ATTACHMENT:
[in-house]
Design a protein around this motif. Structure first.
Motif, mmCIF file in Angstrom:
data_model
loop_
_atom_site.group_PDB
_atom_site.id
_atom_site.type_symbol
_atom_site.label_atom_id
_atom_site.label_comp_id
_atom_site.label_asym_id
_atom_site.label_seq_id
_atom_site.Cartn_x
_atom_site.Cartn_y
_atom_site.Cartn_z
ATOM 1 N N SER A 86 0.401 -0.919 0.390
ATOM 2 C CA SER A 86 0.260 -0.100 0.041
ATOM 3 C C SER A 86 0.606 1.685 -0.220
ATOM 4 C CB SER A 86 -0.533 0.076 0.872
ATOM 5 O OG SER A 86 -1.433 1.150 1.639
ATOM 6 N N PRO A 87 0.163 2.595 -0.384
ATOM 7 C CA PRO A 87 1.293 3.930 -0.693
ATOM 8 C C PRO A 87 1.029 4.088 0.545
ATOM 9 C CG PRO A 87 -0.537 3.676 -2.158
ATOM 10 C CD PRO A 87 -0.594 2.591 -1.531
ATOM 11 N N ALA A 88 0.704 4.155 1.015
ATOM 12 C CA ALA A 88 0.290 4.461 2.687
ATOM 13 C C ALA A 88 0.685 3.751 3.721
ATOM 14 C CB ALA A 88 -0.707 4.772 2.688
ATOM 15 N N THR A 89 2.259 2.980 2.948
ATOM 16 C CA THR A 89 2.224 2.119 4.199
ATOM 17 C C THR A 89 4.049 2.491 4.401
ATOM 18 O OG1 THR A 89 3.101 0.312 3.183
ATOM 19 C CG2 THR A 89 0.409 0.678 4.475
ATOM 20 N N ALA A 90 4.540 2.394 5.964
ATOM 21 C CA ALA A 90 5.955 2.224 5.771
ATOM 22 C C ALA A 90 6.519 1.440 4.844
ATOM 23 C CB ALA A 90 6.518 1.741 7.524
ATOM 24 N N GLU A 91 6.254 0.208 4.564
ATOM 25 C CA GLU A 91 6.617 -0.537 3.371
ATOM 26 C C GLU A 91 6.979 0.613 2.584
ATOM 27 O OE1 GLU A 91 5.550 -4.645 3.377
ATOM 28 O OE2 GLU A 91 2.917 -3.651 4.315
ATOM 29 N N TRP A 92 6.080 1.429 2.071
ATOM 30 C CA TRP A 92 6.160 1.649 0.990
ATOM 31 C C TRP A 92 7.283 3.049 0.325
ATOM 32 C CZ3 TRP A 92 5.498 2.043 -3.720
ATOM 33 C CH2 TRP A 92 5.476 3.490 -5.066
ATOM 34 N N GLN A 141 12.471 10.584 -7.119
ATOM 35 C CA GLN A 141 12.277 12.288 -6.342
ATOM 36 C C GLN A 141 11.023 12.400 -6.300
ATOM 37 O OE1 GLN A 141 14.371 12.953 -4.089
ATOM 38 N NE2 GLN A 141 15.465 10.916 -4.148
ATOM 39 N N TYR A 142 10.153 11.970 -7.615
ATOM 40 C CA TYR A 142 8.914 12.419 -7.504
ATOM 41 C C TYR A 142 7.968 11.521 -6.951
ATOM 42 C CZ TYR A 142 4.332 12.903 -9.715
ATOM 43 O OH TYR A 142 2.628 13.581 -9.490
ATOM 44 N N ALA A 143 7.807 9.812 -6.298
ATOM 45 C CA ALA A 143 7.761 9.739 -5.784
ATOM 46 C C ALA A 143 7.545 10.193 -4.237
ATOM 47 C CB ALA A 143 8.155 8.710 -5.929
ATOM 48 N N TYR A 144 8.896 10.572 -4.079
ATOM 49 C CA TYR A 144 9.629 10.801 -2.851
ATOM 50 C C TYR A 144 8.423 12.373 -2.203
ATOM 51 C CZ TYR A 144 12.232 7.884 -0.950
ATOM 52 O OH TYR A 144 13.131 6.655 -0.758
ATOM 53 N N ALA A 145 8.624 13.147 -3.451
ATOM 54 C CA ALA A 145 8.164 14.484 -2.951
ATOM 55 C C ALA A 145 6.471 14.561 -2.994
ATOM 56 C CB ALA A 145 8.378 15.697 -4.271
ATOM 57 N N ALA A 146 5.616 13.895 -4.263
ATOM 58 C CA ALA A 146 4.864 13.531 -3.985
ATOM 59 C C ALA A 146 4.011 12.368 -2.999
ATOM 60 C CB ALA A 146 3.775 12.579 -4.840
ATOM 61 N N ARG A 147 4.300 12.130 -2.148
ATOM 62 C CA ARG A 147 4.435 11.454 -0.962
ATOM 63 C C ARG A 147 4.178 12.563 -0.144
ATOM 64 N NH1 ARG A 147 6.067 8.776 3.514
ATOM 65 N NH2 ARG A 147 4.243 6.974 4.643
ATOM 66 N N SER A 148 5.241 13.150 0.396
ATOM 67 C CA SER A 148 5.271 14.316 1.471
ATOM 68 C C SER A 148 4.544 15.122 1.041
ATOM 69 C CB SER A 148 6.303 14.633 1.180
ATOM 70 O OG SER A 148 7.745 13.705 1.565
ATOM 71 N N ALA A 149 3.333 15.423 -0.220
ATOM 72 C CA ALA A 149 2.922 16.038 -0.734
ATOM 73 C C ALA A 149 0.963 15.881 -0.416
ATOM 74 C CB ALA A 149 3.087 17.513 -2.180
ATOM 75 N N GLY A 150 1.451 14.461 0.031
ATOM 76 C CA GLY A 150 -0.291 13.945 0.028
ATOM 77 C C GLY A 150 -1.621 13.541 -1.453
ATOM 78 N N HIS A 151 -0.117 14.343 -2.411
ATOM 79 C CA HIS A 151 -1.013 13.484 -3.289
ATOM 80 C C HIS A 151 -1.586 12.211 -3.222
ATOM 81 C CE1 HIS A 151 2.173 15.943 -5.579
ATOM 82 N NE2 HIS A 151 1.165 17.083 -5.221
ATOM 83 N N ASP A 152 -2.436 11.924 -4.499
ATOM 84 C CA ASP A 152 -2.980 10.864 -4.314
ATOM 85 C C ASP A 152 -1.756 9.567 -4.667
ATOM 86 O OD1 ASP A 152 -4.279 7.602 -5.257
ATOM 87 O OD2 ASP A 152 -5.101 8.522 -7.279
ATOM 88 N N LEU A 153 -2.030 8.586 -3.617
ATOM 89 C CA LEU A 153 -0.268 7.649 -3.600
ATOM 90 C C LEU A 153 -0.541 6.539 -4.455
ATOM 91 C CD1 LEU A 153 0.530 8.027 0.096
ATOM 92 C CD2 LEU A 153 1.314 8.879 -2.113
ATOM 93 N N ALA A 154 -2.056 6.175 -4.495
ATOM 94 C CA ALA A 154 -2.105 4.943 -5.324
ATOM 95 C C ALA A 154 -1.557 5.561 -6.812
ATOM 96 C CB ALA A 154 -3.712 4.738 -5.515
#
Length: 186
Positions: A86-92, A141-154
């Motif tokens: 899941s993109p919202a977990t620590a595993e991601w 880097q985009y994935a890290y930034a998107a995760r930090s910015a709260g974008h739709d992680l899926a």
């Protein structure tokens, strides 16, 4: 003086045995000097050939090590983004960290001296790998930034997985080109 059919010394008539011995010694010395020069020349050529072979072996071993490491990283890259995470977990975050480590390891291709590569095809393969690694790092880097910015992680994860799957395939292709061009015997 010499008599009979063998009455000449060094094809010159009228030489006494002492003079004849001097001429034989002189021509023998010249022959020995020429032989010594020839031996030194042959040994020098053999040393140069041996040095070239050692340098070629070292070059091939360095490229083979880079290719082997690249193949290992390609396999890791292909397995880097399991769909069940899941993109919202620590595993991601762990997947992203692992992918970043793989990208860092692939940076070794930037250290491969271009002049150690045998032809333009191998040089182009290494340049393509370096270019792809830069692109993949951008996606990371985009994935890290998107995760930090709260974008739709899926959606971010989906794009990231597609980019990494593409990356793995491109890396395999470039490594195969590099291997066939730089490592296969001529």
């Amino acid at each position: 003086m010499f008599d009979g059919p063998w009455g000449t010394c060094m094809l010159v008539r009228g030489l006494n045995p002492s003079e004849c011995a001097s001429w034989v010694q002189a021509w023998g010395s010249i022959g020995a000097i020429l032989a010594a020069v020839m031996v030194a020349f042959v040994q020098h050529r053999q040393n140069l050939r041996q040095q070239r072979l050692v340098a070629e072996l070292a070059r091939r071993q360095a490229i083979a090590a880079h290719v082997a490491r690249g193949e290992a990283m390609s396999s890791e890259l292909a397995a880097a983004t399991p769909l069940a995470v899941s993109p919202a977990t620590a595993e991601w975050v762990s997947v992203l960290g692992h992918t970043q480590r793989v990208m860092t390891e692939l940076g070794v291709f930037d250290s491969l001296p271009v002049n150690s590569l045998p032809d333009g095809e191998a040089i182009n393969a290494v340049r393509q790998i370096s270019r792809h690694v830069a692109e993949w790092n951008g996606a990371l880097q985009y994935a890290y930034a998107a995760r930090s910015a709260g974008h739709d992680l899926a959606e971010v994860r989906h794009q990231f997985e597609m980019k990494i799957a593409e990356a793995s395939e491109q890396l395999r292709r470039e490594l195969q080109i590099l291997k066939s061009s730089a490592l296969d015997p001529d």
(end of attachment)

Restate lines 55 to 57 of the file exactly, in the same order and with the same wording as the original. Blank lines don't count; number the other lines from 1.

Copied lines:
ATOM 40 C CA TYR A 142 8.914 12.419 -7.504
ATOM 41 C C TYR A 142 7.968 11.521 -6.951
ATOM 42 C CZ TYR A 142 4.332 12.903 -9.715